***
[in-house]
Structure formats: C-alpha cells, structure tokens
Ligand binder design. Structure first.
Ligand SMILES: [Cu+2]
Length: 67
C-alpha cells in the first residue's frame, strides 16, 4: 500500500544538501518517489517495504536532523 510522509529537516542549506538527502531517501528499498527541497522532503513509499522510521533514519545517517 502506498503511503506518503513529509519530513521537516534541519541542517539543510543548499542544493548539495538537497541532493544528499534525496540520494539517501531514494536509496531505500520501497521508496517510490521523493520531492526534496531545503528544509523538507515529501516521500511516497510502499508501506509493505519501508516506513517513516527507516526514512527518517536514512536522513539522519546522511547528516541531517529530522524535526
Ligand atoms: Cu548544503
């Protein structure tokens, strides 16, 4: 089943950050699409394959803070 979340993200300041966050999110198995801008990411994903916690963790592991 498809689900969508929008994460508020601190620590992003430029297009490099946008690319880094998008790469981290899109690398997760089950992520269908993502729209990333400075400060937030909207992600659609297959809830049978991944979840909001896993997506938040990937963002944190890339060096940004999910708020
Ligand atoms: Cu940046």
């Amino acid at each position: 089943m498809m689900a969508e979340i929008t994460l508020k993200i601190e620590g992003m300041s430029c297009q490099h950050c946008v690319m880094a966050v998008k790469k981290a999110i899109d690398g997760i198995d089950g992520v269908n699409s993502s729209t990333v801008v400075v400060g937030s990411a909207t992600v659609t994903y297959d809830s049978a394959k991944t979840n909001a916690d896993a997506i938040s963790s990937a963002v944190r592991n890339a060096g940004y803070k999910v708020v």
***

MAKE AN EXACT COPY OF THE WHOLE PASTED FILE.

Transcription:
[in-house]
Structure formats: C-alpha cells, structure tokens
Ligand binder design. Structure first.
Ligand SMILES: [Cu+2]
Length: 67
C-alpha cells in the first residue's frame, strides 16, 4: 500500500544538501518517489517495504536532523 510522509529537516542549506538527502531517501528499498527541497522532503513509499522510521533514519545517517 502506498503511503506518503513529509519530513521537516534541519541542517539543510543548499542544493548539495538537497541532493544528499534525496540520494539517501531514494536509496531505500520501497521508496517510490521523493520531492526534496531545503528544509523538507515529501516521500511516497510502499508501506509493505519501508516506513517513516527507516526514512527518517536514512536522513539522519546522511547528516541531517529530522524535526
Ligand atoms: Cu548544503
């Protein structure tokens, strides 16, 4: 089943950050699409394959803070 979340993200300041966050999110198995801008990411994903916690963790592991 498809689900969508929008994460508020601190620590992003430029297009490099946008690319880094998008790469981290899109690398997760089950992520269908993502729209990333400075400060937030909207992600659609297959809830049978991944979840909001896993997506938040990937963002944190890339060096940004999910708020
Ligand atoms: Cu940046």
């Amino acid at each position: 089943m498809m689900a969508e979340i929008t994460l508020k993200i601190e620590g992003m300041s430029c297009q490099h950050c946008v690319m880094a966050v998008k790469k981290a999110i899109d690398g997760i198995d089950g992520v269908n699409s993502s729209t990333v801008v400075v400060g937030s990411a909207t992600v659609t994903y297959d809830s049978a394959k991944t979840n909001a916690d896993a997506i938040s963790s990937a963002v944190r592991n890339a060096g940004y803070k999910v708020v």